My mother always told me to play nice. I recall that simple but sage advice when I encounter employers behaving badly (“EBBs”, as I call them). EBBs are employers that act without regard to: a) basic employer obligations, and/or b) common decency vis-à-vis their employees. As revealed by the case law over the years, the EBB playbook can include:
- failing to provide minimum statutory entitlements (e.g. termination pay, vacation pay and other wages);
- failing to issue Records of Employment to departing employees; and
- engaging in reckless and unfair investigations.
When their conduct comes before the courts, EBBs can expect to face harsh penalties for their misdeeds. Beyond the legal costs and bad publicity associated with litigation, a court may – in addition to ordering the payment of compensatory damages – also award punitive damages against the employer.
What are Punitive Damages?
Most damages awarded by the courts – for example, wrongful dismissal damages – are intended tocompensate a plaintiff for actual losses incurred (e.g. the loss of wages during the reasonable notice period). In contrast, punitive damages are a monetary penalty imposed by a court to (as the name implies) punish adefendant for its behaviour.
In the recent wrongful dismissal decision in Boucher v. Wal-Mart Canada Corp., the Ontario Court of Appeal confirmed that in order to obtain a punitive damages award, an employee must establish that:
- the employer’s conduct is reprehensible, meaning that it is “malicious, oppressive and high-handed” and that it reflects “a marked departure from ordinary standards of decent behaviour”;
- notwithstanding any other compensatory award (e.g. wrongful dismissal damages), the punitive damages award is “rationally required to punish the [employer] and to meet the objectives of retribution, deterrence and denunciation”; and
- there is an “independent actionable wrong” that was committed by the employer aside from the wrongful dismissal itself (e.g. breach of duty of good faith and fair dealing, intentional infliction of mental distress, etc.).
How Much Can a Court Award in Punitive Damages Against an Employer?
In the original trial decision in Boucher, the jury awarded $1,000,000 in punitive damages against the employer.
In the recent appeal of the trial decision, the Ontario Court of Appeal agreed that the employer’s conduct was “reprehensible” because it: (i) refused to take the plaintiff employee’s complaints about her supervisor seriously, (ii) concluded that the employee’s complaints were not substantiated, despite significant evidence that they were valid, (iii) failed to discipline the supervisor, (iv) engaged in reprisal against the employee, and (v) did not abide by its own policies. Although the Court of Appeal upheld the trial judge’s finding that punitive damages were warranted, it ultimately reduced that award to $100,000.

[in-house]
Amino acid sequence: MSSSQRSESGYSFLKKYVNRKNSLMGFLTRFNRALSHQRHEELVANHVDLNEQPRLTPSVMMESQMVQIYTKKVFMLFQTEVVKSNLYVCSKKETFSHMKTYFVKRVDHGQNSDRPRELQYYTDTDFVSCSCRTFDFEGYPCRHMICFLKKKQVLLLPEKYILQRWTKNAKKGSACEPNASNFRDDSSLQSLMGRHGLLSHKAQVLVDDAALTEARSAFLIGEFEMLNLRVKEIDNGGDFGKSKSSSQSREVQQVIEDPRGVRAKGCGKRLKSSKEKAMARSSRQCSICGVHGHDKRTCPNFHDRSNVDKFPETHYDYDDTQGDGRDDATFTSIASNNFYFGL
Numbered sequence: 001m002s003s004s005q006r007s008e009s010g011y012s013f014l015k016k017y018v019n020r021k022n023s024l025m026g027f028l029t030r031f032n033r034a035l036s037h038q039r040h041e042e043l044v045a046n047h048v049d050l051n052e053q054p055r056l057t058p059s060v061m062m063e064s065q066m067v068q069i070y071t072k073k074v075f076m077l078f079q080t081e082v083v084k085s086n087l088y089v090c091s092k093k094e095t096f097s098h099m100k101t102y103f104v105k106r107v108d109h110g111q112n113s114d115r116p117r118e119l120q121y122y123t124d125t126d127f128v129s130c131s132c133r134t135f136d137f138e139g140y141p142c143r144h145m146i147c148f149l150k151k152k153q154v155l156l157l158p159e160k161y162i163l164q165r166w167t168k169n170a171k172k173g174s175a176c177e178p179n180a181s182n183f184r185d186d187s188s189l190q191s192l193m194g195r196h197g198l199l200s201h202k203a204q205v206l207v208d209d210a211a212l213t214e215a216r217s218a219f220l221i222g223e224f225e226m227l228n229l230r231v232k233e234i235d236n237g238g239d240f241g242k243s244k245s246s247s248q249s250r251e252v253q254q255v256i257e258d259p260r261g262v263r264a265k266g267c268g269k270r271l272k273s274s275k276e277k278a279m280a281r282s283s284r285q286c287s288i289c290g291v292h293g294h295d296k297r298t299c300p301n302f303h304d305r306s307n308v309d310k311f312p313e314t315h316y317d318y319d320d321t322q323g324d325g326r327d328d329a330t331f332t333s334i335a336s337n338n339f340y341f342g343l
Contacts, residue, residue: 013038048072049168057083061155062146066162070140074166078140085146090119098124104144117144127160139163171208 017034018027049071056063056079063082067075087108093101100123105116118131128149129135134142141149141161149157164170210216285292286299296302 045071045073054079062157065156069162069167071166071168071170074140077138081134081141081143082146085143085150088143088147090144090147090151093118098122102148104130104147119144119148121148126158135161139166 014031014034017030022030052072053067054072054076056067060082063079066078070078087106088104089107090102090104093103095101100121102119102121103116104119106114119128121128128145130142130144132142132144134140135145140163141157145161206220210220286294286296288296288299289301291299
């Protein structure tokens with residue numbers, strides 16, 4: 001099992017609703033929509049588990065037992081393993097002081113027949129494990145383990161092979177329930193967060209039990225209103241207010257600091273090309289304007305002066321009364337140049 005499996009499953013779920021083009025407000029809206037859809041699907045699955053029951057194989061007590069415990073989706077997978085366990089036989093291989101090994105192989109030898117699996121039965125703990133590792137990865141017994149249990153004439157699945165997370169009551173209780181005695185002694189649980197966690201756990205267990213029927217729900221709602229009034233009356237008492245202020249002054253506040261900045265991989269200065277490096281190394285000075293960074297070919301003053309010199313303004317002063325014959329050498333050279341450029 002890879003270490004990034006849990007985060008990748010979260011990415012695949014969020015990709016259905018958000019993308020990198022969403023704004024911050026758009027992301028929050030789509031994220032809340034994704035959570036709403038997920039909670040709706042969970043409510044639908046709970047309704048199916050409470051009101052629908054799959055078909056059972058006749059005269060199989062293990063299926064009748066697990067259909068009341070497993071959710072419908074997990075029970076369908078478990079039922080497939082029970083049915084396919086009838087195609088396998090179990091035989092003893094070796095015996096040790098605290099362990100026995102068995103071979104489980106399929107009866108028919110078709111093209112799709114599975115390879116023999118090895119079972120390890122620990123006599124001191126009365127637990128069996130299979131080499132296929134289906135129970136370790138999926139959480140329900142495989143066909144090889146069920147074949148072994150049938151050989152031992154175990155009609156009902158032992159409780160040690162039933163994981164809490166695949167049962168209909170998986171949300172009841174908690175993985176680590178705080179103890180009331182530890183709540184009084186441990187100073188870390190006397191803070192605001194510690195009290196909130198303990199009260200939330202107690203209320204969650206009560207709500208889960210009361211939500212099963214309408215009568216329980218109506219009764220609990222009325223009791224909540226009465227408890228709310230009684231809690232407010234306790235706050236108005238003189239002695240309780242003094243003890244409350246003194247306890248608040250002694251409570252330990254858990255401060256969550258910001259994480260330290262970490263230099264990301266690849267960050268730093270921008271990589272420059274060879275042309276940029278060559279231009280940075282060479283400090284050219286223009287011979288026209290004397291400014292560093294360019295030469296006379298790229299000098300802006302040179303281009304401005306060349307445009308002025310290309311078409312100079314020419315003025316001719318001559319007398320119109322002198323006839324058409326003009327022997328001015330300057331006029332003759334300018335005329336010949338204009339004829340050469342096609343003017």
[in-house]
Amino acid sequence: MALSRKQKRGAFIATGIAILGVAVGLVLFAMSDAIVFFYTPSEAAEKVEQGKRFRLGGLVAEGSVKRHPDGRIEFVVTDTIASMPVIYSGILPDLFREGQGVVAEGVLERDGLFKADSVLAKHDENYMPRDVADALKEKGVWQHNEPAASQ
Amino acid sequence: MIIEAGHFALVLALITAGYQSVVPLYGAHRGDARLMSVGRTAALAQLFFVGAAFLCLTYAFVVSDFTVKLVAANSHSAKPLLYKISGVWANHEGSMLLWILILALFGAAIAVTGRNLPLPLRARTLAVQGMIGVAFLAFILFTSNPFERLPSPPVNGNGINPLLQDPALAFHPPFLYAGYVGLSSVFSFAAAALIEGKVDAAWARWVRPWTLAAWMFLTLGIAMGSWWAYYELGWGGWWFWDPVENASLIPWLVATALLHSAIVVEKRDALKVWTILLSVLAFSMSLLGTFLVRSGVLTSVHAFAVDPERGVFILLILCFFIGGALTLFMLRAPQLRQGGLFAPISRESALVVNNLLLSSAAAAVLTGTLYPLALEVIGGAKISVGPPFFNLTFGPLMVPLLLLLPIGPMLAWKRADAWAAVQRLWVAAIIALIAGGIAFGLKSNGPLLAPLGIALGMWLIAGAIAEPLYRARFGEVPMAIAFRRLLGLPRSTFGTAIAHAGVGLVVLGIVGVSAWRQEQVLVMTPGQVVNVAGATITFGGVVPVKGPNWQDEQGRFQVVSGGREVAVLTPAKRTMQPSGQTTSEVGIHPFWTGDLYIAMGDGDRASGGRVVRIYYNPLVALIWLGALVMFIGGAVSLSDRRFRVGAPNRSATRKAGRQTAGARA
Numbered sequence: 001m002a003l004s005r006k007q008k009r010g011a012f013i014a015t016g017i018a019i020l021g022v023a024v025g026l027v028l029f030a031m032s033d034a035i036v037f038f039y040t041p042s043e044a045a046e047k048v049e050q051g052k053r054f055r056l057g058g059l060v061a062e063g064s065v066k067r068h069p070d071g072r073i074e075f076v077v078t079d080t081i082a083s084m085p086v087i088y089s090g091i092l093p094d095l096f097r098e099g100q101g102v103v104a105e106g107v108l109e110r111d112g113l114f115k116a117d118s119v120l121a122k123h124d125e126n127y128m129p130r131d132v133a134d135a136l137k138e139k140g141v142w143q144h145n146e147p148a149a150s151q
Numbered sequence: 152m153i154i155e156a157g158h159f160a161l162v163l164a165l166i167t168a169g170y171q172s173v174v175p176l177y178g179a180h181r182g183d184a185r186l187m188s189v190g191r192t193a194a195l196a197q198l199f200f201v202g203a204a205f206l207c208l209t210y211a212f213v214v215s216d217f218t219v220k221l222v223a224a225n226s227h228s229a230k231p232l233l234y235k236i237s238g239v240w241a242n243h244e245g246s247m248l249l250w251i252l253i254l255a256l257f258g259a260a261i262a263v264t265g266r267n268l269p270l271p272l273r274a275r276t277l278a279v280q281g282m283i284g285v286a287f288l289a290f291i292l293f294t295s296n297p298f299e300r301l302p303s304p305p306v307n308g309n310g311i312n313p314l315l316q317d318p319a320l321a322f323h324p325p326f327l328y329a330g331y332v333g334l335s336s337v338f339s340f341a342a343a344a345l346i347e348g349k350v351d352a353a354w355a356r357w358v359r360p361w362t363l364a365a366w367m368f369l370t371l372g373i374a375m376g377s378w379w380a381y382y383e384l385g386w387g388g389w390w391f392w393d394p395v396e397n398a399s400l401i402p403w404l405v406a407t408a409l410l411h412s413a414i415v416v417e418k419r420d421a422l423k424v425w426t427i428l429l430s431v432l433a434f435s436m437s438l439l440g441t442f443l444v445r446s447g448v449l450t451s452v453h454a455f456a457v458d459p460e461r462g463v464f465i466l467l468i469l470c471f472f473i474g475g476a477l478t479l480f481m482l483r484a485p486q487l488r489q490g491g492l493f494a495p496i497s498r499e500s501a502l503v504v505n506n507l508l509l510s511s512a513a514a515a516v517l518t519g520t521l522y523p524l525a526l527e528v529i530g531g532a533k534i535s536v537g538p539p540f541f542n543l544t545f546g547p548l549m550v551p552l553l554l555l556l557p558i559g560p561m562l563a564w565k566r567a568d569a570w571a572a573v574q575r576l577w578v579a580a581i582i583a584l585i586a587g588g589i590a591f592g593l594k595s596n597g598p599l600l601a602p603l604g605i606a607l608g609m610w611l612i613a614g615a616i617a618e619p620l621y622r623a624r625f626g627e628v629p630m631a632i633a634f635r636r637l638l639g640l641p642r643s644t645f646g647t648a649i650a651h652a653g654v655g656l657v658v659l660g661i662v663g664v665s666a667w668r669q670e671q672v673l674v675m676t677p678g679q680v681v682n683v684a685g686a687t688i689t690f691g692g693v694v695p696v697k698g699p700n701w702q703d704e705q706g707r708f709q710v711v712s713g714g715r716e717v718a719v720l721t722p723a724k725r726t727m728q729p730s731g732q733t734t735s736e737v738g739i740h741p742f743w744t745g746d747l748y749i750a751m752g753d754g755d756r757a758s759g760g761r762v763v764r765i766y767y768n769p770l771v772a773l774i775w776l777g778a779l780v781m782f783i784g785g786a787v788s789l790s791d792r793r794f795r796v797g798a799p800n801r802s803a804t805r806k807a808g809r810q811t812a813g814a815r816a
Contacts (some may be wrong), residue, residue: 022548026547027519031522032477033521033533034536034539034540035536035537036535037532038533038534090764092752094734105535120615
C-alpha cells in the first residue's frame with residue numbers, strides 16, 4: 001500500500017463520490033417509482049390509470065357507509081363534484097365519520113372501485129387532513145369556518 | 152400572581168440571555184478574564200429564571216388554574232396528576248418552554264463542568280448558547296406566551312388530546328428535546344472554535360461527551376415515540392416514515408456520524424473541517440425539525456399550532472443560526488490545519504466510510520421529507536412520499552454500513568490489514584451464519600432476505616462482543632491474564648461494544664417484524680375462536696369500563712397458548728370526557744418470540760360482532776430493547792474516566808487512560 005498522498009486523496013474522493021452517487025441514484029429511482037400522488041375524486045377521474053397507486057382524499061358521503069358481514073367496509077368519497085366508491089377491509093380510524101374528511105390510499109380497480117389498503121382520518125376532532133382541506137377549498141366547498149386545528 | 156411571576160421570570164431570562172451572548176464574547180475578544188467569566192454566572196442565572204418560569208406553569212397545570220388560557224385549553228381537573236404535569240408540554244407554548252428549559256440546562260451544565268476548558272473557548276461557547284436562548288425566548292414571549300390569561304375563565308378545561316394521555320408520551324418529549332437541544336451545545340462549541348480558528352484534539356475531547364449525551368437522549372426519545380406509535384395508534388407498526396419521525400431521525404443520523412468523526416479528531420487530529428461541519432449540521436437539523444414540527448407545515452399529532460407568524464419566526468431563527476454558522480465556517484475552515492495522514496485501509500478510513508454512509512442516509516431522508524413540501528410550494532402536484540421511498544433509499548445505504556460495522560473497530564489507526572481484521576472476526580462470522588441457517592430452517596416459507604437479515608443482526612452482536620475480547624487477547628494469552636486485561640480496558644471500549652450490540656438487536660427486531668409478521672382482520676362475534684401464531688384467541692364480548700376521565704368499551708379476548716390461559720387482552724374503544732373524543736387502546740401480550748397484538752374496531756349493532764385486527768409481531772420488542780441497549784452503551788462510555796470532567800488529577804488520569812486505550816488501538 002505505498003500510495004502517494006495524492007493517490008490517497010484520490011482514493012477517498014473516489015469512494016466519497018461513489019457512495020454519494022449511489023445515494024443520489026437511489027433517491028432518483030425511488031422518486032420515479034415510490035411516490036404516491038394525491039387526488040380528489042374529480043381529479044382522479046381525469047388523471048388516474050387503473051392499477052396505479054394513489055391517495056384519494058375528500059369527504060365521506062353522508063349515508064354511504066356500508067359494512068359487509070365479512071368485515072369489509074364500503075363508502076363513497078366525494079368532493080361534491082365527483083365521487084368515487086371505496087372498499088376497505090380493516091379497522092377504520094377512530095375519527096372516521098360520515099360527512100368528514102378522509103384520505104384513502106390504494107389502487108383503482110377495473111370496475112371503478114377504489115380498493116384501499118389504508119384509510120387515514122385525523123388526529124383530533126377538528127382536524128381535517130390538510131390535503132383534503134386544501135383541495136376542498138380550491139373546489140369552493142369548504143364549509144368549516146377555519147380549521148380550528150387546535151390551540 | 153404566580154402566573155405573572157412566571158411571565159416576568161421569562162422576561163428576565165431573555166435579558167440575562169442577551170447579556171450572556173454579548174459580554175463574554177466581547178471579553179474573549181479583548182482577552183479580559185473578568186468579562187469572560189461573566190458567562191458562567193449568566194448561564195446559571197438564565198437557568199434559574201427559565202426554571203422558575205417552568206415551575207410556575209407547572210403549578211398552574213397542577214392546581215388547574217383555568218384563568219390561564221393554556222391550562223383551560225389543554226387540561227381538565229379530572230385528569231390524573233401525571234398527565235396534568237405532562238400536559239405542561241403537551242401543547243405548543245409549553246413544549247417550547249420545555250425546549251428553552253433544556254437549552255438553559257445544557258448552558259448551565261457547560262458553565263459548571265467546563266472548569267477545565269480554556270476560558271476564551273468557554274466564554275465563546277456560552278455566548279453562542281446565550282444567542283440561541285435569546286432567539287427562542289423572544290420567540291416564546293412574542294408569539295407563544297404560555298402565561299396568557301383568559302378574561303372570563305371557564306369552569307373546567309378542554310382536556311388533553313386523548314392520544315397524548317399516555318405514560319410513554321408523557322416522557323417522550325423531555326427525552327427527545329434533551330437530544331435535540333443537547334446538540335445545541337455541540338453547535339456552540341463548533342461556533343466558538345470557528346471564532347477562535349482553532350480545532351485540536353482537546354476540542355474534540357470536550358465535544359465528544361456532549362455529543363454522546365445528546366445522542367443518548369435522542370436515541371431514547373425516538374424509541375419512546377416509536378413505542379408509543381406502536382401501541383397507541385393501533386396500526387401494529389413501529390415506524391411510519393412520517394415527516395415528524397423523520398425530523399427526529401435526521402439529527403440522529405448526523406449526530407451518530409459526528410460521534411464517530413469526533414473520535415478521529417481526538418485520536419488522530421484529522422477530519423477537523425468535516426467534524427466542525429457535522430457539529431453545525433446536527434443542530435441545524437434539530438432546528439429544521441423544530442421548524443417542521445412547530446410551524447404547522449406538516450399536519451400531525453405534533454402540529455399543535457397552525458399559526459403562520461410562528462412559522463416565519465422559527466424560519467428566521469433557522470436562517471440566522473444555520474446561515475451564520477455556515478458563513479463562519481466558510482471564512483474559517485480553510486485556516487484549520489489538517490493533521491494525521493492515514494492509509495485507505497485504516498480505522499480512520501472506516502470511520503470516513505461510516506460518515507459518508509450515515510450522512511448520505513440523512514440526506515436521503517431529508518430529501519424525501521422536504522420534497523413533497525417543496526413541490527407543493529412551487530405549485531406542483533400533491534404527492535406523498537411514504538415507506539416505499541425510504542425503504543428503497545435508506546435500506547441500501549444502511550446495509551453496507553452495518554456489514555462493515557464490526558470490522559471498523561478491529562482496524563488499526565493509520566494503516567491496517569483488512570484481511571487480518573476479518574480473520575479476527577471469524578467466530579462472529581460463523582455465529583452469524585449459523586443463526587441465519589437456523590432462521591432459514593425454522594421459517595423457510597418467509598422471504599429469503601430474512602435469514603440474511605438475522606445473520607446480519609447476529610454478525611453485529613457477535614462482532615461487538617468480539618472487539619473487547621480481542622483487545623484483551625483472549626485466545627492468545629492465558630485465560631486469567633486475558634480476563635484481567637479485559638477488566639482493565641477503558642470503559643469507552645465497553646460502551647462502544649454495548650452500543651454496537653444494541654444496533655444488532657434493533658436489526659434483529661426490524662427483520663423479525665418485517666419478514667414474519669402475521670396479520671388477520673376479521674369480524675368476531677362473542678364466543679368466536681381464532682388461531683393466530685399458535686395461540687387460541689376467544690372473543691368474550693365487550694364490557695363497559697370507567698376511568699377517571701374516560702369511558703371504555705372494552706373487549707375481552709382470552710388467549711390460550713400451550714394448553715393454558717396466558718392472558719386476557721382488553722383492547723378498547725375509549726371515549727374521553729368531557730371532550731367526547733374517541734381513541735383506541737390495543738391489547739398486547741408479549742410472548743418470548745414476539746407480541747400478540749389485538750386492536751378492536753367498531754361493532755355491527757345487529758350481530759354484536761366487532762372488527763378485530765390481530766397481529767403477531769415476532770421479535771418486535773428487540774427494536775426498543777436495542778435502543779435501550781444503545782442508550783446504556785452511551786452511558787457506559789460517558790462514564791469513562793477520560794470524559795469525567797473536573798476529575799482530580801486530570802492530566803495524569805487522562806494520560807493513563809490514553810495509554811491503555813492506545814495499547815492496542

In the 2011 decision in Pate Estate v. Galway-Cavendish and Harvey (Townships), the trial judge awarded $550,000 in punitive damages, on the basis that the employer had engaged in “significant misconduct”, including spearheading criminal proceedings against the employee, over a period of more than ten years. The judge determined that the employer’s “intentional” actions had “a devastating impact” on the employee, including on “his employability [and] his marriage.” Although the Ontario Court of Appeal subsequently reduced that punitive damages award, the former employee (who, incidentally, had passed away prior to the appeal) was still awarded $450,000.
Despite the fact that the Ontario Court of Appeal reduced the punitive damage awards in both cases, it is significant that: a) these damages were awarded in the first place, and b) the final (post-reduction) quantum was still so high in both cases. Accordingly (and, with the World Cup upon us, to borrow a phrase from the soccer lexicon), these decisions should stand as a “yellow card” to employers.
What Can an Employer Do to Avoid a Punitive Damage Award?
While it is common for employees to include a claim for punitive damages in a wrongful dismissal claim, it is rare that such an award is warranted. For example, in the recent Ontario decision of Diamantopoulos v. KPMG LLP, the court refused to award punitive damages to an employee following a termination. While the employee alleged that she was mistreated and even blamed her subsequent breast cancer diagnosis on the employer’s actions, the judge found that the employer showed “courtesy, respect, fairness and sympathy” throughout the plaintiff’s employment and in the manner of termination. Specifically, the judge found that the employer held a meeting to discuss complaints about the employee’s behaviour, which was a “humane and professional way to communicate a reasonable message to an employee who needed and deserved such admonition in order to…modify her inappropriate behavior”. In addition, the employer set aside the employee’s termination after it received new information that she had recently been diagnosed with cancer, and permitted her to make subsequent short and long-term disability claims.
To avoid the risk of drawing a “red card” and paying a punitive damage award, employers should not take any pages from the EBB playbook, and should instead (by way of example) adhere to the following:
- address employee complaints in a fair and balanced manner;
- conduct termination meetings as humanely as possible, and give due consideration to the employee’s immediate needs of exiting the building without a “walk of shame”, travelling home, searching for alternative employment and applying for employment insurance;
- ensure that minimum statutory entitlements are paid upon termination; and
- continue benefits for as long as possible (with regard to the reasonable notice period) following a termination.
Stated simply, employers who play nice will reap rewards (or should at least avoid punishment and a reprimand from my mother).